Detroit Free Press from Detroit, Michigan on January 22, 1977 · Page 1
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Detroit Free Press from Detroit, Michigan · Page 1

Detroit, Michigan
Issue Date:
Saturday, January 22, 1977
Page 1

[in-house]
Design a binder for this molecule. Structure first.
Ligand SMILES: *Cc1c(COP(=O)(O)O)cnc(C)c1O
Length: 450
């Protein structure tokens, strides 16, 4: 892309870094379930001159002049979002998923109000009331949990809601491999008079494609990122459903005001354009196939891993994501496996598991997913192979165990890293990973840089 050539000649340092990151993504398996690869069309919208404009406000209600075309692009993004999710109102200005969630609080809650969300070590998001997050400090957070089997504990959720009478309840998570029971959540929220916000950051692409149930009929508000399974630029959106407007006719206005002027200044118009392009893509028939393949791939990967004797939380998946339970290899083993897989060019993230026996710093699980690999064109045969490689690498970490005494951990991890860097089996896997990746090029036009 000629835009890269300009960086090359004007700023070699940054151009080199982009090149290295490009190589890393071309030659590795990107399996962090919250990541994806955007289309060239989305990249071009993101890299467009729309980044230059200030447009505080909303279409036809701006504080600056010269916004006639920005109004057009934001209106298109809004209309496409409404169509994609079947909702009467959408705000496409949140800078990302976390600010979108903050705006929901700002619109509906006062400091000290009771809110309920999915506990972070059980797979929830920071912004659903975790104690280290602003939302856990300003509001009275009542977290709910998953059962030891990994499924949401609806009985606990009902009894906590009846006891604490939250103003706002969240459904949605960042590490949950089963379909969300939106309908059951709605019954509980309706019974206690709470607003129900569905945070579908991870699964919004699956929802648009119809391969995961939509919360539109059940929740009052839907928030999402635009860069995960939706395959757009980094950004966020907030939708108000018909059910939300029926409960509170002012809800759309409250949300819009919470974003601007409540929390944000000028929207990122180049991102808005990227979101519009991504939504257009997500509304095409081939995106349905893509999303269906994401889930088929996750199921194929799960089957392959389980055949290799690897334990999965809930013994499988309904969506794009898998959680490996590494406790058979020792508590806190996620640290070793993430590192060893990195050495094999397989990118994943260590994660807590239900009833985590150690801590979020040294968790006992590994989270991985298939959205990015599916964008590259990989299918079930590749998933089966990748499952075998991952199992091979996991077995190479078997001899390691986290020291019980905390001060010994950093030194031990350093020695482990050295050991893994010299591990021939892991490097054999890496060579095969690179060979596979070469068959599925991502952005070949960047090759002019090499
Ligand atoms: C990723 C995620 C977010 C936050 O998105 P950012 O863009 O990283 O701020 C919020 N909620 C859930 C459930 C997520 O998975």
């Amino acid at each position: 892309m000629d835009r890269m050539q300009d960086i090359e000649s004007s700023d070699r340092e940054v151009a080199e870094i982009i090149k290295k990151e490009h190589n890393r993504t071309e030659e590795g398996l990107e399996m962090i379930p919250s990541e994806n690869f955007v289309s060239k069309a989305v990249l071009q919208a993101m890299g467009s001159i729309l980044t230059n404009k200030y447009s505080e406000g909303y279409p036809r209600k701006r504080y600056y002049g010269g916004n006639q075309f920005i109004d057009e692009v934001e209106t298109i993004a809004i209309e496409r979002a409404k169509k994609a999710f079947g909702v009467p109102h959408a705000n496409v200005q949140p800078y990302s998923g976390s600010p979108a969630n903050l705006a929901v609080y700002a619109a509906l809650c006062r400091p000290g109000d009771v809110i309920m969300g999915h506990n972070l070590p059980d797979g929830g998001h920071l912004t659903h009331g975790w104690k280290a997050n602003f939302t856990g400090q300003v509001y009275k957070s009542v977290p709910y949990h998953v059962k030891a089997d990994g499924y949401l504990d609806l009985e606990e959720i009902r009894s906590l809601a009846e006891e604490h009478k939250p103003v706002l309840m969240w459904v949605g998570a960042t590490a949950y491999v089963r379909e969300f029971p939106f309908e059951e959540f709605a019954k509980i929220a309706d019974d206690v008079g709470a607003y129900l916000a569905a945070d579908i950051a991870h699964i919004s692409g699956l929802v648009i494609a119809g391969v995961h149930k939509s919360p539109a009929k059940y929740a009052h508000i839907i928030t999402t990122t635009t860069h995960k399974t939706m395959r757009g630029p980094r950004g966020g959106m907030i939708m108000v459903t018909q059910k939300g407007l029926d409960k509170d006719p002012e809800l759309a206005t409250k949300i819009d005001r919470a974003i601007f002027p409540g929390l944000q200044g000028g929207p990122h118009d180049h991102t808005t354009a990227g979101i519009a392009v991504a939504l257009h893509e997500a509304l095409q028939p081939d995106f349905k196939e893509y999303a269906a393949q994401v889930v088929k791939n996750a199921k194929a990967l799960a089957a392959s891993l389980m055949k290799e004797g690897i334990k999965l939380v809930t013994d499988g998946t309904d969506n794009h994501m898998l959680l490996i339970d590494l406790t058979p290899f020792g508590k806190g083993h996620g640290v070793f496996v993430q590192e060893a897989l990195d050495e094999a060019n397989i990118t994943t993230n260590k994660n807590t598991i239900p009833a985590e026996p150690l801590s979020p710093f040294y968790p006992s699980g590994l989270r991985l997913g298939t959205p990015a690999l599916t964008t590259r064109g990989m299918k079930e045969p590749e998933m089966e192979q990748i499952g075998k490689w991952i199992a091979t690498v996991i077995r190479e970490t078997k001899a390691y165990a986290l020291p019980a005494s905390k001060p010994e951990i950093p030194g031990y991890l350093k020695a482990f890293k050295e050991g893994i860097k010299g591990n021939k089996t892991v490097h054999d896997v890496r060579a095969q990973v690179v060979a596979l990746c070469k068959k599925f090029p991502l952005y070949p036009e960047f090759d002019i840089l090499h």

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STATE Stocks End Down Week With a Modest Rally See Page 5, Section B MILD Partly Cloudy High 21-25 Low 10-15 Map and Details on Page 13C ON GUARD FOR 145 YEARS 1977, Detroit Free Press, Inc. I5c 6-Day Home Delivery 90c Vol. 146 No. 263 Saturday, January 22, 1977 Ions Viet Draft ('"' ;..-. - - , Q(5x ' Carter Pare Evaders Action Line solves' problems, gets answers, cuts red tape, stands up for your rights. Write Action Line, Box 881, Detroit, Mich. 48231. Or dial 222-6464 between 8:30 a.m. and 4:30 p.m. Monday through Friday. ! My husband was having problems with his nerves last year j and thought it would be a good idea to get away from home for awhile. In November he rented an apartment at Willowbrook j Apartments in Davison. About three days after he moved in, he had a breakdown aitd wound up in the hospital. I went to Willowbrook anl told the manager my husband wouldn't need the apartment. Even though my husband had a monthly lease, the manager said he couldn't have his security deposit back. This seems totally upfair. Can you get my husband's $180 back? O.H , Davison i I Take $155, which was refunded after Action Line called Willowbrook Apartments. H.C. Rose Jr., resident manager at Willowbrook, denied ever telling you that security deposit 1 couldn't be refunded. He said he did tell you the carpet squares in the .apartment had been soiled during husband's short stay and once he figured cleaning costs, rebate would come. Since more than month passed since husband's departure, Action Line told Rose delay seemed to lend credence to your fears of not getting money. Within month of call, you got check for $155, $25 less than deposit. If I don't get help fast I'm going to have my own home library of books and magazines I didn't order. For every one I return. I get two more in the next day's mail. This may be someone's idea of a practical joke, but I don't think it's funny, and neither does the mailman who has to carry them around. How can I put an end to this? W.P. Taylor. Well you've started in the right place. Action Line contacted Natural Science Book Club and Outdoor Life Book Club, who both agreed to cease shipments after being made aware of apparent order hoax. Mailman's the one who'd probably most like to get hand's on prankster since he has to haul everything back. Magazine Action Line of Publishers Clearing House advises that as fast as unwanted packages and mags arrive.'to write "refused" on them and stick back in mailbox. Deliveries win start awmanng i as goods start showing up at publishers. Direct Mail Marketing Association also agreed to help handle your situation after ' hearing plight. Organization will help you get taken off any mailing lists you're on. A letter to their headquarters at 6 East ! 43d Street, New York, N.Y. 10017 gets you computer check sheet at no charge. I'm an epileptic and have to go to Henry Ford Hospital's outpatient neurology clinic for periodic check-ups, tests and medication. Since last summer I've been trying to get my bills paid by the National Benefit Fund, the health insurance I carry through my job as a medical technologist. I'm getting heavy pressure from the bill collectors at Henry Ford Hospital and nothing but excuses from my insurance company. My tab is up over $30. Can you find out what's going on? M.C., Detroit. H Checks totaling $337.50 are coming. Action Line call to National Benefit Fund in New York put things in order, got bill i collectors off your door step. Spokesman for NBF said delay was due to fact Henry Ford Hospital hadn't sent itemized hilling to insurance firm. NBF said they had made at least two I requests for such listings. Action Line call to Detroit hospital got itemized bill on way to New York, checks went out few days later Last September I got a set of sparking devices that replace spark plugs from International Igniter Corp. in New York. I t!l.nj iLla nwCnMWknMAA OA VMUlh thnt AnntAtlA . I CaII I ITtl 1 1 fl P"f .-meii uicir jjci iui iiiaui.c gu muni iiiai i utuuvu iu aii iguiivu aiong with other sales I make. The problem is that the 52 sets they sent me are the size that fit only compact cars, rather than the assortment I requested. My phone calls and letters to the company have gone unanswered. For $522 I should get what I ordered. Can you arrange an exchange? B.R., Okemos. I You've got it. Call from Action Line lit spark under International Igniter Corp. and swap's been arranged. Spokes-i man for firm in New Hyde Park, N Y. blamed mix-up on miswritten order, asked that you send sets back C.O.D. via ; United Parcel Service. Company also agreed to pick up tab for i reshipping order. You can get fired up selling technique in gear before 52 sets of assorted size ignition devices arrive this week. PfT' "5 Ti SI ' " ' t THE QUESTION Former President Gerald R. Ford's 30-month stay in office has ended. Do you think he did a good job? HOW YOU VOTED ', YES, 74.4 percent COMMENTS: "President Ford was handed a troubled nation, and I think he did a fine job" . . .. "He did more of what he promised than any president I can think of" . . . "Ford did better than anyone could have hoped for" "He left the country in better shape than he got it" ... "I think he did a beautiful job for the little time he was in office" . . . "Michigan can be proud of Jerry Ford." NO, 25.6 percent. COMMENTS: "He goofed right away when he pardoned Nixon" . . . "Ford didn't do much of anything" . . . "He was an honest president, but I wouldn't say he did a good job" . . . "Iwouldn'trankhimwiththeall-time greats." TOMORROW'S. QUESTION The chairman of the House Judiciary Committee has said that until Michigan voters show they are willing to pay for more prisons, he will block any further mandatory jail sentence legislation. Are you willing to pay a tax increase for more prisons if it assures that criminals will go to jail? To vote YES Call 961-3211 To vote NO Call 961-4422 WASHINGTON - (AP) - President Carter on his first day in office kept a campaign promise by granting full, complete and unconditional pardon Friday to all Vietnam-era draft evaders who were not involved in any violent acts. Draft evaders who are overseas and who Carter proposes early resumption of strategic arms limitation talks. Page SB. A funny and folksy first day at the White House. Back Page. Veteran Groups Outraged qualify can now return home without fear of prosecution, Carter's press secretary, Jody Powell, said. The pardon was sharply criticized by veterans groups and some members of Congress who said it would make future military mobilization more difficult. Some groups criticized Carter for not going far enough. T. Cooper Holt, executive director of the VFW's Washington office, said: "This is prob ably one of the saddest days in the history of our country, even surpassing the Watergate days. President Carter will have to accept the responsibility of arming our military in case of another confrontation with a foreign power." The new president acted less than a week after outgoing President Ford decided not to grant any new pardons. Carter did not grant pardons to military deserters. But he ordered an immediate Pentagon study of their cases looking toward possible improvements of less-than-honorable discharges. Powell said there are "no good estimates" of how many draft evaders might be affected by the pardon but it probably is "well up to the hundreds of thousands." This would include persons who failed to register but who have not come to official attention. There are about 12,000 known draft evaders who were identified during Ford's clemency Please turn to Page 5A, Col. 1 Sti OAKLAND VICTIM Missin o brill Is 3 mSl ' 1 I h ' Jit ' -r I 'P M 'n'm)ft''tiriffliiMnliMiiMiriiMnilftif iWtrM ound Dead. Body Spotted In Snowbank The body of missing Kirstine Mihelich of Berkley was found Friday buried in a snowbank alongside a dead-end street in Franklin Village. The 10-year-old Oakland Conty fifth-grader had been missing since Jan. 2 when she disappeared on her way home from a store near her home. There was no immediate indication of the cause of death, and police said the body was frozen so badly that doctors could not perform an autopsy until Saturday. Police said there were no marks of violence on either the face or hands. Free Press Photo by ALAN KAMUDA The body of Kristine Mi'iielich is removed from snowbank in Franklin Village DID IT FOR LOVER, SHE SAYS Woman Embezzles $760,000 BY HELEN FOGEL Fre Press Staff Writer Her soft voice choked with sobs, a 36-year-old Birmingham divorcee pleaded guilty Friday to a federal charge that she embezzled more than $760,000 from the Michigan National Bank Metro West in Livonia. Mildred Charla Wattleworth told U.S. District Judge Charles W. Joiner that she stole the money to help her lover get started in his own restaurant business. "I've worked for the bank ever since I was 16," said Mrs. Wattleworth, who was an assistant vice-president in charge of mortgage loans at the time of her arrest in November. "I knew he couldn't get a loan. He didn't have any collateral or anything." ALTHOUGH SHE was charged only with setting up one phony loan account in October 1975, through which she had embezzled nearly $764,000 by November 1976, government sources say that Mrs. Wattleworth had set up "at least four or five other accounts" as well. "Actually $1.2 million is closer to what she embezzled over the years she worked there," the source said. She went to work for the bank after her high school graduation in 1957. Besides the $100,000 interest-free loan she gave her friend to open a Fairlane Center restaurant, Mrs. Wattleworth bought him other gifts, government sources said. Among these were: A $200,000 Bloomfield Hills home for which she paid cash. A $65,000 boat, also a cash purchase. Property on Torch Lake northeast of Traverse City valued at $137,000. There's a balance of some $50,000 owing ,on the property. ,. A Rolls Royce and a Mercedes Benz. Antiques for which she paid $21,000. According to a government source, Mrs. Wattleworth told Please turn to Page 11A, Col. 3 State Police Lt. Robert Robertson said positive identification had been made. THE SITE where the body was found, off Bruce Lane, near Telegraph between Twelve and Thirteen Mile, is about a mile from where the nude body of 16-year-old Cynthia Cadieux of Roseville was found on Franklin Road on Jan. 16, 1976. Miss Cadieux died of a skull fracture and had been sexually molested. Kristine was the fifth youngster to die in a series of unsolved crimes that began or ended in Oakland County in the last year. Police vsaid there was no immediate evidence to tie Kristine's death with the other' four. MAIL CARRIER Jerry Wozny, 35, of Walled Lake, discovered the body Friday as he drove his mail van down Frw Press Alan Kamuda MAIL carrier Jerry Wozny, who discovered the body. Tennessee Flu Cases Confirmed The first confirmed outbreak of any type of flu in the United States this winter has been reported among Van-derbilt University students in Nashville, Tenn., the national Center for Disease Control in Atlanta said Friday. In the Detroit area, Tyrone Elementary School in Harper Woods remained closed Friday with 130 students sick with an unidentified respiratory infection. Superintendent George Bab-ich said absenteeism due to the illness at two other Harper Woods schools was running slightly above average Friday. A Detroit school board spokesman said there was no significant increase in absenteeism at Detroit schools Friday. The Wayne County Health Department was still conducting tests to identify the virus, described by Dr. Jane Pol-kowski as "a mild to moderate disease." She said Tyrone Elementary was the only school in Wayne County where the illness has Please turn to Page 2A, Col. 2 Fla. Fruit Shipments Cut Off AP Photo It may be beautiful to the eye, but this ice jungle was pure nightmare to the operators of a nursery in Zephyrhills, Fla., near Tampa. The nurserymen left the sprinklers on overnight, hoping a thin coating of ice would protect their plants, but Florida's record-setting cold wave lived up to its reputation and left a thick layer of killer ice. ' By United Press International The Florida Citrus Commission slapped a shipping embargo on fresh citrus Friday and one of the hardest freezes of the century further decimated tender vegetables in the "Salad Bowl" of the South. The harsh winter pulled its punches in the Midwest, Ohio Valley, East and most of the South. But the cumulative effect of earlier blows kept industry, agriculture, business and schools in distress in much of the eastern half of the nation. NATURAL GAS and power shortages eased in some communities but intensified in others. They triggered layoffs of more than 120,000 workers and slowed or stopped the wheels of education. Minnesota Gov. Rudy Per-pich ordered state offices to go on a four-day, 10-hour-a-day week starting next Friday and asked the University of Minnesota and state colleges to cut energy consumption by 20 to 25 percent. One cheering note was the absence of any major storms across the 48 contiguous states. The cold wave that Please turn to Page 7A, Col. 1 Kristine Mihelich secluded Bruce Lane do deliver mail to he five houses at the end of the street. Wozny said he spotted what first appeared to be a bundle of clothes or a blanket about six feet off the road. He stopped to investigate. "I saw a hand," Wozny said. "It scared the hell out of me." He said the girl was lying in a ditch on her back, fully clothed with her knees drawn up. The body was covered by snow except for the exposed hand and the tops of the knees. A trail of footprints led from the road to the ditch and back. Wozny immediately drove to the nearby Franklin Village Police Department where he notified Chief Frank Wilson. Wilson and the mailman returned to the scene, and Wilson brushed snow from the face and body. The clothing, a navy-blue parka and gray jeans, was the same outfit Kristine was wearing when she disappeared. The physical description matched that of the 4-foot-8, 80-pound missing girl who wore her brown hair shoulder length. Wilson immediately radioed for help, and some two dozen officers from four other area communities, as well as state troopers and Oakland County sheriff's officers responded. WOZNY, who has been driving the same mail route for eight years, said he was off his job Monday but didn't see anything suspicious Tuesday, Wednesday or Thursday. He said the body would be difficult to see from the road unless a motorist was in a vehicle with a high seat, such as his mail van. "Her face was covered with snow and so was the rest of Please turn to Page 4A, Col. 3 lyr ' HiiiiiiiiiiiiiiiiiiiiiiiniiiiitfiMniiiaaiiwiii Ann Landers I3A Bridge 11C Business News 5-7B Classified 7-10C Comics 11-13C Crossword Puzzle 11C Death Notices 7C Editorials 6A Entertainment 10-11 A Horoscope 11C Modern Living 1-4B Movie Guide 12-13C Obituaries 7C Sports 1-6C Stock Markets 5-7B Television 12A